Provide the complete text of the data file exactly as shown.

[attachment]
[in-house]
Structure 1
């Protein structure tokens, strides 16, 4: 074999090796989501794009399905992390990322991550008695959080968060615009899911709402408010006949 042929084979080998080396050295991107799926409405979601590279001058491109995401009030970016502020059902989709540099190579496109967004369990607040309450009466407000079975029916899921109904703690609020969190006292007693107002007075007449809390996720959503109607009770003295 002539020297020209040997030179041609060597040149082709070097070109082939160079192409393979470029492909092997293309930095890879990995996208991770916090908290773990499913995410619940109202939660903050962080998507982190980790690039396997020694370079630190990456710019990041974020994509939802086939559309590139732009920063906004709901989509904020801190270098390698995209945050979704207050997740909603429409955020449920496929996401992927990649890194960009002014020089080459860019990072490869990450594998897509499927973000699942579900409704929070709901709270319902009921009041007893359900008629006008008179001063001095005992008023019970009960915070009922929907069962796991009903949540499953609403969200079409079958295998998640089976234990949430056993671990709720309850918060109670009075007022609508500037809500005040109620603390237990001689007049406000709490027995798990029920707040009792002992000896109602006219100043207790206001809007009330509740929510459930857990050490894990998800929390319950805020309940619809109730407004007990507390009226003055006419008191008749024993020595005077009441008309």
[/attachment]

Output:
[in-house]
Structure 1
């Protein structure tokens, strides 16, 4: 074999090796989501794009399905992390990322991550008695959080968060615009899911709402408010006949 042929084979080998080396050295991107799926409405979601590279001058491109995401009030970016502020059902989709540099190579496109967004369990607040309450009466407000079975029916899921109904703690609020969190006292007693107002007075007449809390996720959503109607009770003295 002539020297020209040997030179041609060597040149082709070097070109082939160079192409393979470029492909092997293309930095890879990995996208991770916090908290773990499913995410619940109202939660903050962080998507982190980790690039396997020694370079630190990456710019990041974020994509939802086939559309590139732009920063906004709901989509904020801190270098390698995209945050979704207050997740909603429409955020449920496929996401992927990649890194960009002014020089080459860019990072490869990450594998897509499927973000699942579900409704929070709901709270319902009921009041007893359900008629006008008179001063001095005992008023019970009960915070009922929907069962796991009903949540499953609403969200079409079958295998998640089976234990949430056993671990709720309850918060109670009075007022609508500037809500005040109620603390237990001689007049406000709490027995798990029920707040009792002992000896109602006219100043207790206001809007009330509740929510459930857990050490894990998800929390319950805020309940619809109730407004007990507390009226003055006419008191008749024993020595005077009441008309």